Iím all right, how about you?


One challenging aspect of living with teenagers is grasping their vast and superior knowledge. My teens know they know it all. I can accept this fact and even live with it, as long as they keep their opinions to themselves. When they express their ideas and expect to exert them on me, however, a certain amount of angst creeps in.


My teens believe they are right. Thatís their right.


Unfortunately their right is often in direct opposition to my wise and learned point of view. I also believe I am right, and we all are aware two rights do not make a left. It takes three rights to do that.


My household experienced the rare three rights phenomenon recently when my two teen sons agreed to disagree with me regarding a certain matter. We all wallowed in our rightness.


I should have known better than to engage them in discourse on the rights and wrongs of any topic. I avoid doing so with the men in my family. They are competitive and hate losing. To compound matters, one son is left-handed. Never argue with a lefty about being right.


The three of us stood at a standstill. They were right; I was right. We probably should have done the three rights maneuver, made a turn in the opposite direction and left the situation to right itself.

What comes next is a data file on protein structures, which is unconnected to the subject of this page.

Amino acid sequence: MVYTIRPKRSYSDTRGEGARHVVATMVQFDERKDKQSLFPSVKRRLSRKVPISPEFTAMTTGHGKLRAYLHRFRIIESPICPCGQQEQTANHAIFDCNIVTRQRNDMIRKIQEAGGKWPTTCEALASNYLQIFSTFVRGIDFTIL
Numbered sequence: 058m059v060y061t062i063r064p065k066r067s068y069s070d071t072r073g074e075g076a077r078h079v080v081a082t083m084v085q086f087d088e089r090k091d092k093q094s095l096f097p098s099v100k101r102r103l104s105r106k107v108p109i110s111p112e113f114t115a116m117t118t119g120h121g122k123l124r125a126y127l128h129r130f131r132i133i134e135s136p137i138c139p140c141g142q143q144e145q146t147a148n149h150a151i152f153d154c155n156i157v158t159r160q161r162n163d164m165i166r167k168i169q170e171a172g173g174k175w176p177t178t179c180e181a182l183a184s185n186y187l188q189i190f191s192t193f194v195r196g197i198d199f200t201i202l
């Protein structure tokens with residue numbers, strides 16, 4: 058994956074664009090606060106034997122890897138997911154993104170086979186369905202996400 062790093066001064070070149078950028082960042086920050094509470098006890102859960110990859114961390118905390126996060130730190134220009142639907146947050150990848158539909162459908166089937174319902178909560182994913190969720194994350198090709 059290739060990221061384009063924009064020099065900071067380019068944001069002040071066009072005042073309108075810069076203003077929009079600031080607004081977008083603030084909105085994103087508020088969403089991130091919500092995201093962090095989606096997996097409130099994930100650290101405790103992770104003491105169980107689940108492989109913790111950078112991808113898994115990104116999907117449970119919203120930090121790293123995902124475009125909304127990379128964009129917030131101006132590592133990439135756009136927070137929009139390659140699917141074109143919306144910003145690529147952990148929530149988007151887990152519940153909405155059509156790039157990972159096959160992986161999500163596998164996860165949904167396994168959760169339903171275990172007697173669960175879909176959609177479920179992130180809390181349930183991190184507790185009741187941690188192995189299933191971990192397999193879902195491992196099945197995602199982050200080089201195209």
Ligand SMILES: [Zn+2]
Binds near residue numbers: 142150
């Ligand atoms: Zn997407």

Itís hard to leave things alone, though, when you believe you are right. Am I right?


I forget what we were squabbling about, but their claim of correctness was acceptable to me. ďLet them be rightĒ is one of my lesser-publicized mottos. My impediment came when they found fault with my rightness. They accused me of thinking I am always right. Like thereís something wrong with that.


Of course I think Iím right. It would be illogical, unintelligent and inappropriate not to. I havenít met anyone who sets out to find an opinion they believe is wrong. What would it say about my sense of self-respect and self-esteem if I didnít think enough of myself to choose to believe what was right?


My sons furrowed their brows at my admission. Or was it a declaration? I could almost see their brains churning. Because they werenít sure, they couldnít be certain whether they were winning the argument.


If thereís anything more important than being right, itís winning an argument. Then again, what did I have to gain by pursuing this one any further? My guys werenít on the threshold of giving up, and I had stuff to do Ė like pet the cat and watch the weather channel.


I ended my filibuster by offering one last tidbit of logical information regarding the importance of semantics: believing you are right and being right are two different things. I always believe I am right, but I never know for sure. I could be wrong. We all could be.


Their jaws dropped at my disclosure. I grabbed the cat and the remote, and left it at that.